Ohio legislature passes “heartbeat” anti-abortion bill

By Marcus Day
8 December 2016

Late Tuesday, Ohio lawmakers passed a bill banning abortions once a fetal heartbeat can be detected, as early as six weeks into pregnancy. The legislation is intended to effectively prohibit the majority of abortions, as many women do not learn of their pregnancy until after six weeks.

Ohio Senate President Keith Faber, a Republican, directly attributed the last-minute vote on the bill, which had failed in the State House of Representatives twice previously, to the election of Donald Trump. “A new president, new Supreme Court appointees change the dynamic, and there was consensus in our caucus to move forward,” Faber said.

During the election campaign Trump promised to appoint a “pro-life” justice to Supreme Court and called for the overturning of Roe v. Wade, the 1973 court ruling which guaranteed women the right to an abortion.

The Ohio legislation would restrict the timeframe for legal abortions to the shortest in the country. It would make it a felony for a doctor to perform an abortion without checking for a fetal heartbeat, or to carry out the procedure if the heartbeat is detected—even in cases where the pregnancy is due to rape or incest. Physicians violating the law would face up to a year in prison and professional disciplinary action.

Ohio Governor John Kasich, the supposedly “moderate” presidential candidate in the Republican primaries, has not yet indicated whether he would sign the bill. Although Kasich opposes abortion, he has previously expressed concern that the law would be ruled unconstitutional by federal courts.

“A hallmark of lame duck [post-election legislative sessions] is a flood of bills, including bills inside of bills, and we will closely examine everything we receive,” said Emmalee Kalmbach, Kasich’s press secretary.

If the legislation is signed by the governor, the law is certain to face legal challenge, with the American Civil Liberties Union of Ohio already stating it would file a suit against it.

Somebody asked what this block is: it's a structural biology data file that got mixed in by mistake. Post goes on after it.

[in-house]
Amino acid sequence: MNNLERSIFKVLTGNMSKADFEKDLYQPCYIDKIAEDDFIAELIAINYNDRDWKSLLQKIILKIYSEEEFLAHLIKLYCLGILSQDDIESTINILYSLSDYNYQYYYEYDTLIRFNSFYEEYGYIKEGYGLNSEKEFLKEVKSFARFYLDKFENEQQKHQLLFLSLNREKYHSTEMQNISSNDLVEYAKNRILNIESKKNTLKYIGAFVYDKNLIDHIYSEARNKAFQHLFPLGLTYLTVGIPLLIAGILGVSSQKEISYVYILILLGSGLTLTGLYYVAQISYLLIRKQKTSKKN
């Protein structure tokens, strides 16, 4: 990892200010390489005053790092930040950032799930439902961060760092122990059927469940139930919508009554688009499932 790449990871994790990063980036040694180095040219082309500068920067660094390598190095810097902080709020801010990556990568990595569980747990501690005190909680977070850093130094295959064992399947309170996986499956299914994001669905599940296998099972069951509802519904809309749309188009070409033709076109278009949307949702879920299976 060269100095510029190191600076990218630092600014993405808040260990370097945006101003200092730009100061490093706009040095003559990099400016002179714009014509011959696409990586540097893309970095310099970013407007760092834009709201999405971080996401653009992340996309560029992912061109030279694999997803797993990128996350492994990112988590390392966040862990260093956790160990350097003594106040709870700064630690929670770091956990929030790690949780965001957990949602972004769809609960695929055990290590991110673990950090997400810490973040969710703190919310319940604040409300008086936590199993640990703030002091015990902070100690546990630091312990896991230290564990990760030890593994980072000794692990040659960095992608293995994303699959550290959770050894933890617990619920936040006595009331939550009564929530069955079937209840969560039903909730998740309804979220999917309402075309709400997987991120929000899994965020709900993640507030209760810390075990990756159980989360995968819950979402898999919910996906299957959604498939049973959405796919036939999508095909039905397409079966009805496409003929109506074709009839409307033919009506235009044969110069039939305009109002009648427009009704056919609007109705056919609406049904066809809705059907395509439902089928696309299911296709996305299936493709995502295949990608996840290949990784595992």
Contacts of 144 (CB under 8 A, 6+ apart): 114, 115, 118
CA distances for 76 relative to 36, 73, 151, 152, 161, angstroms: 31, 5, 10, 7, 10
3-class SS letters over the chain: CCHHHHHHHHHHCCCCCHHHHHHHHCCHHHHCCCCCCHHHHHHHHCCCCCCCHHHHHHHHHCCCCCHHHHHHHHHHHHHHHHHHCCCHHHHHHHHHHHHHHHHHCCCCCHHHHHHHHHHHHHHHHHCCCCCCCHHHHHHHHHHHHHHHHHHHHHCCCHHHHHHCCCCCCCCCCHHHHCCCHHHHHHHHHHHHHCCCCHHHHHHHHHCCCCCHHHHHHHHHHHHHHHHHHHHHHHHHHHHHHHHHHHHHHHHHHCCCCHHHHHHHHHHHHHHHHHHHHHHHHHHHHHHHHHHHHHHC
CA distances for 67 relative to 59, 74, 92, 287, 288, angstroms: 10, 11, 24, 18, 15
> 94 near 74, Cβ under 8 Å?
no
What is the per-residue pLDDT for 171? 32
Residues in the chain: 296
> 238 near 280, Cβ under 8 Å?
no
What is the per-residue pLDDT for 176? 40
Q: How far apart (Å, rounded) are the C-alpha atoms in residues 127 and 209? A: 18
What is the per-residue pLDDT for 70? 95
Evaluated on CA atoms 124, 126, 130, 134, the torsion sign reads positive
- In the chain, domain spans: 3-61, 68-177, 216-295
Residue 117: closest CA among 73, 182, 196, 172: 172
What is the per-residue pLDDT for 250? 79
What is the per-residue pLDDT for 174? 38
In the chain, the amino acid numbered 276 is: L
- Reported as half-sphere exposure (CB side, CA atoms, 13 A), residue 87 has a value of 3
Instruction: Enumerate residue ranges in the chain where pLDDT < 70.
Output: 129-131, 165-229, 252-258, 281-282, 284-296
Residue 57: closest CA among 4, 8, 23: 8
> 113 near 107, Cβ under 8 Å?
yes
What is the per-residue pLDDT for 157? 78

Appeals courts have struck down similar “heartbeat” laws in Arkansas and North Dakota enacted in recent years. In January, the Supreme Court declined to review those rulings, but abortion opponents are taking the signal from Trump’s campaign statements and extreme right-wing cabinet appointees to go on the offensive. Senate President Faber said of the Ohio legislation, “I think it has a better chance than it did before.”

The abortion ban language was added as a last-minute amendment to a bill concerning the reporting of child abuse. Kasich has 10 days to sign or veto the legislation once it reaches his desk.

Ohio already has among the most restrictive abortion laws in the US. Abortions are banned in the state if the fetus is considered “viable.” Women seeking an abortion must undergo mandatory counseling, followed by a 24-hour waiting period. Ninety-one percent of counties in Ohio lack an abortion clinic.

According to the Guttmacher Institute, the overwhelming majority of abortion patients in the US are poor or low income. Forty-nine percent live below the federal poverty level, pegged at a yearly income of just $11,880 for an individual.

Ohio’s “heartbeat” bill follows a rash of recent state laws restricting the right to abortion, with hundreds of onerous rules across the country enacted over the last few years.

In March, Indiana Governor and current Vice President-elect Mike Pence signed a bill prohibiting women from obtaining abortions because of objections to the fetus’ race, sex or a disability. The law also placed greater requirements on doctors who perform abortions, with the intent of limiting the number of providers.

In Texas, rules enacted recently require healthcare clinics that provide abortions to either bury or cremate fetal remains, adding thousands of dollars to the cost of the procedure.

The surge in anti-abortion laws has had the predictable result of growing numbers of women seeking to terminate their pregnancies through unsafe means.

In Ohio, another bill banning abortion after 20 weeks of pregnancy was also under consideration in the legislature, with a vote expected this week. Some abortion opponents who have remained neutral on the “heartbeat” bill on tactical grounds favor the 20-week bill.

Ohio Right to Life President Michael Gonidakis stated, “Our ultimate goal is to overturn Roe v. Wade and we feel the 20-week ban is the best (legal) strategy.”

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